Robert Greene, certainly the most picturesque and one of the
most important of the University Wits, was born in Norwich in
1558. He took his B.A. in 1578 and his M.A. in 1583 at Cambridge,
and became an M.A. of Oxford in 1588. By 1583 he had begun his
literary career with the publication of a long euphuistic romance,
Mamillia, licensed in 1580, and he continued to produce
romances written in a highly wrought style under such different
influences as Euphues, novella collections, and pastoral
and Greek romance, reaching his highest level in Pandosto
(1588) and Menaphon (1589). Short poems and songs incorporated
in some of the romances gave him high rank as a lyric poet also.
By rapid production of such works Greene became one of the first
authors in England to support himself, however precariously,
with his pen. He soon began to capitalize on the bohemian existence
which he had led from youth, writing his "repentance"
pamphlets from 1590 to 1592, with many facts of his own life
thinly veiled as fiction. He pictures his early riotous living,
his marriage and desertion of his wife and child for the sister
of a notorious character of the London underworld, a meeting
with players, and his success in the production of plays for
them. During this same period he was writing other journalistic
and realistic prose, particularly a series of cony-catching pamphlets
portraying the life of London rogues. He died September 3, 1592,
from what Nashe called a "banquet of Rhenish wine and pickled
herring," having written on his death bed his famous Groatsworth
of Wit Bought with a Million of Repentance and having dispatched
a letter to his wife asking her to forgive him and to settle
The earliest of Greene's plays is perhaps The Comical History
of Alphonsus, King of Aragon, printed in 1599, which mentions
"mighty Tamburlaine," and seems clearly modeled on
Marlowe's conqueror play. Besides The
Honorable History of Friar Bacon and Friar Bungay, Greene's
other known plays are The History of Orlando Furioso,
drawn from Aristo; The Scottish History of James the Fourth,
with a plot of a novella type; and A Looking-Glass
for London and England, written with Thomas Lodge, which
pictures the wickedness of Nineveh as a warning to London. All
of these plays were printed in 1594 or later, apparently from
playhouse manuscripts, and give evidence of more or less corruption
or even mutilation. It is probable that Greene wrote other plays.
Of the several ascribed to him by different scholars, George
a Greene perhaps has the best claim to be considered.
Nashe, in Have with You to Saffron Walden, calls Greene
the master of his craft in the plotting of plays. His best work
shows also effective characterization, especially in his romantic
heroines, and a genuinely poetic style. His limitation is indicated
by the charge, which he resents in the preface to Perimedes
the Blacksmith, that he could not make his verses "jet
upon the stage in tragical buskins." Greene defended his
style by appeal to his prose romances and by bitter denunciation
of players and playwrights for their "bumbast." While
the type of sentimental and romantic comedy which represents
his best work had to yield around 1590 to the turgid and passionate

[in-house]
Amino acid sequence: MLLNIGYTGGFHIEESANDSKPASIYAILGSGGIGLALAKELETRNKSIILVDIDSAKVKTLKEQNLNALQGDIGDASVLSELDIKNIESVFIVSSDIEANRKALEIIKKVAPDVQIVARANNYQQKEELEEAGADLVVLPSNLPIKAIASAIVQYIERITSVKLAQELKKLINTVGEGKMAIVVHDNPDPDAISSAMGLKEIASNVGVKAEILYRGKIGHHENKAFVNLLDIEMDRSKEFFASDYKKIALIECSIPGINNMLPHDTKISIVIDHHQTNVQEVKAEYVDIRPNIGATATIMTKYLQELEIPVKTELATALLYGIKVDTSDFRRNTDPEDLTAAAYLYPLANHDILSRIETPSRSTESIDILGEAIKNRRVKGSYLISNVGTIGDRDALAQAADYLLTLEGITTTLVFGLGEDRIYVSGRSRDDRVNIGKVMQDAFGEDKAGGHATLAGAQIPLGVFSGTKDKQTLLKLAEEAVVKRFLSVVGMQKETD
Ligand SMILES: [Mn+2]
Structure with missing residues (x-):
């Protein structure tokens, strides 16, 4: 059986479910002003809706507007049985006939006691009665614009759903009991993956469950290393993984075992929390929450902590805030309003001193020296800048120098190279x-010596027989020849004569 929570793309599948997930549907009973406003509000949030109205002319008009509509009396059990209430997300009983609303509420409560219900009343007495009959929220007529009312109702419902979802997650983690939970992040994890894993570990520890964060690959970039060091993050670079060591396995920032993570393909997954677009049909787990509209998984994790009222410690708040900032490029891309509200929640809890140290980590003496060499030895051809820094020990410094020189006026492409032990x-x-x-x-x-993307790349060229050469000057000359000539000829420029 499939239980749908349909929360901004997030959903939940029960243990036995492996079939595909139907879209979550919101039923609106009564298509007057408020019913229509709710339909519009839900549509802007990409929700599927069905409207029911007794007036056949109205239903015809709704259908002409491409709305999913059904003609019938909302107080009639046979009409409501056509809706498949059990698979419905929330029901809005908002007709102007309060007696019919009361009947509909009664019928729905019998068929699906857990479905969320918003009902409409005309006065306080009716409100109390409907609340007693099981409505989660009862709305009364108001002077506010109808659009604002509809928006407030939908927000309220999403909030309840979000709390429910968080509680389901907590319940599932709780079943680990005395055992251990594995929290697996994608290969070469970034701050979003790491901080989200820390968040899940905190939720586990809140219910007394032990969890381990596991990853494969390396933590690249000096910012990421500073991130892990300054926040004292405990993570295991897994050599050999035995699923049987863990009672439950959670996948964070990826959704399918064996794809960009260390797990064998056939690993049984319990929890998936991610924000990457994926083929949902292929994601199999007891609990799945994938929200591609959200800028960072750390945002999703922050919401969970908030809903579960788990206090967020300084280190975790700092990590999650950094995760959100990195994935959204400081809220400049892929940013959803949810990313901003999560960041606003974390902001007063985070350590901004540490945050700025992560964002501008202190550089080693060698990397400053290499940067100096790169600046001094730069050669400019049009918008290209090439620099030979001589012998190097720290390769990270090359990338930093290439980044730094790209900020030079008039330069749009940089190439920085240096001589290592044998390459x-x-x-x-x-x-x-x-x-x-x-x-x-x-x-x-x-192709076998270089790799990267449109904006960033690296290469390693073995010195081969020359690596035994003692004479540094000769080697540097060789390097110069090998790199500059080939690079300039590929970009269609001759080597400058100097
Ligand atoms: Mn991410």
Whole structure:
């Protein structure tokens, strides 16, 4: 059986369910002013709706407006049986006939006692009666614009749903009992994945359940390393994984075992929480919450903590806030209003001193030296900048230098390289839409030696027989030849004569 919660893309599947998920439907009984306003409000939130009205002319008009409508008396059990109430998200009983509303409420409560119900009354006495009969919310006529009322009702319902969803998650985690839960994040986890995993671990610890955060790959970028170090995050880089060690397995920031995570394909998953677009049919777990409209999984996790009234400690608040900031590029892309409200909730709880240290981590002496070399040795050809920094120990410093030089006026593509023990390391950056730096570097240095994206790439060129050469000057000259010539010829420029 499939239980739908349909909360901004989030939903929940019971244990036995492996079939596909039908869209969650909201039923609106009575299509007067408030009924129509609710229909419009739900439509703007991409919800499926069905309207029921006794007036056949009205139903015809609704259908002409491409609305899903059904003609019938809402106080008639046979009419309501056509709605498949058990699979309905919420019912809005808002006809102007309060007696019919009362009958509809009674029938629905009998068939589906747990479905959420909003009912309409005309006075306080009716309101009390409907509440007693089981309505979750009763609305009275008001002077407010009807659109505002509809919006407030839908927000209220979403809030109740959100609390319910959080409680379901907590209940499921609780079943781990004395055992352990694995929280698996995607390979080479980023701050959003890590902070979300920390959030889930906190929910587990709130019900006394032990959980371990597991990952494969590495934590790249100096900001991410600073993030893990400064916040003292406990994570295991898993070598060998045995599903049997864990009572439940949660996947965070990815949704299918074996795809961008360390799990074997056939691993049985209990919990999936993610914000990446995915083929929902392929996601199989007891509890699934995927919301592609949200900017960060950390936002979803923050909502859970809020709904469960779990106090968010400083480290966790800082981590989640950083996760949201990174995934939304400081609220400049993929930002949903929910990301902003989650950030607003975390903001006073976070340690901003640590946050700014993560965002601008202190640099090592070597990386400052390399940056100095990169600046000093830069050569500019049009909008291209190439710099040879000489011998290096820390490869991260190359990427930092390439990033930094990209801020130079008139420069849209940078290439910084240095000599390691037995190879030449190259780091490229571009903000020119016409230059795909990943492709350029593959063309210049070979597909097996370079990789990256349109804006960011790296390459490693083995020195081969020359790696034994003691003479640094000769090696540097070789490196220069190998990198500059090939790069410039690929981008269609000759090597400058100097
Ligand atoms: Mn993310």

tragedy in vogue, by the end of the century it was carried to
its zenith by Shakespeare, who had been
the apparent object of Greene's bitterest attack on actors and
dramatists in the Groatsworth of Wit.
The first record of Friar Bacon and Friar Bungay is
Henslowe's note of a performance of it as an old play in 1592.
Like Alphonsus, the play is supposed to have been written
in emulation of Marlowe, and is usually assigned to about 1589
as a rival to Doctor Faustus. If, however, as some scholars
suggest, the proper date of Marlowe's play is 1592, then the
relationship between the two must be reversed. Except for similar
treatment of the marvelous powers of magicians, common in such
stories, there is little kinship between the two plays. Greene
drew his plot from The Famous History of Friar Bacon,
a tale first known in the form of a chapbook, himself adding
the romantic story of Margaret from a very slight hint of the
romance. The text is apparently corrupt in several passages,
and one or more whole scenes may have been omitted as a result
of stage adaptation. In 1594 Henslowe has a second record of
performance of the play, and it was entered in the Stationers'
Register and printed in that year.
A Pleasant Conceited Comedy of George a Greene was
acted for Henslowe as an old play in 1593. It was entered in
the Stationers' Register in 1595, but the earliest extant edition
is dated 1599. There is no indication of the authorship, but
a copy of this edition, formerly in the Chatsworth Collection,
has on the title-page the following two notes in an early seventeenth
century script: "Written by ......... a minister, who ac[ted]
the pinners part in it himself. Teste W. Shakespea[re],"
and "Ed. Juby saith that the play was made by Ro. Gree[ne]."
Opinion, long divided, is represented at the present by Tannenbaum's
claim that the entries are forgeries of Collier, and by Greg's
that they are in the hand of Sir George Buc, Master of the Revels
from 1608 to 1622. If they are Buc's, the second, perhaps correcting
the first or perhaps adding to it, furnishes reliable contemporary
evidence, since Juby, as an actor prominent from 1594 to 1618,
would have known playhouse traditions. On the internal evidence
of verse and style, the play is generally ascribed to Greene.
He is supposed to have written it before 1590, basing it on an
early version, now lost, of the prose tale The Famous History
of George a Greene.
This article was originally published
in Elizabethan and Stuart Plays ed. Charles Read Baskervill.
New York: Henry Holt and Company, 1934. pp. 247-248.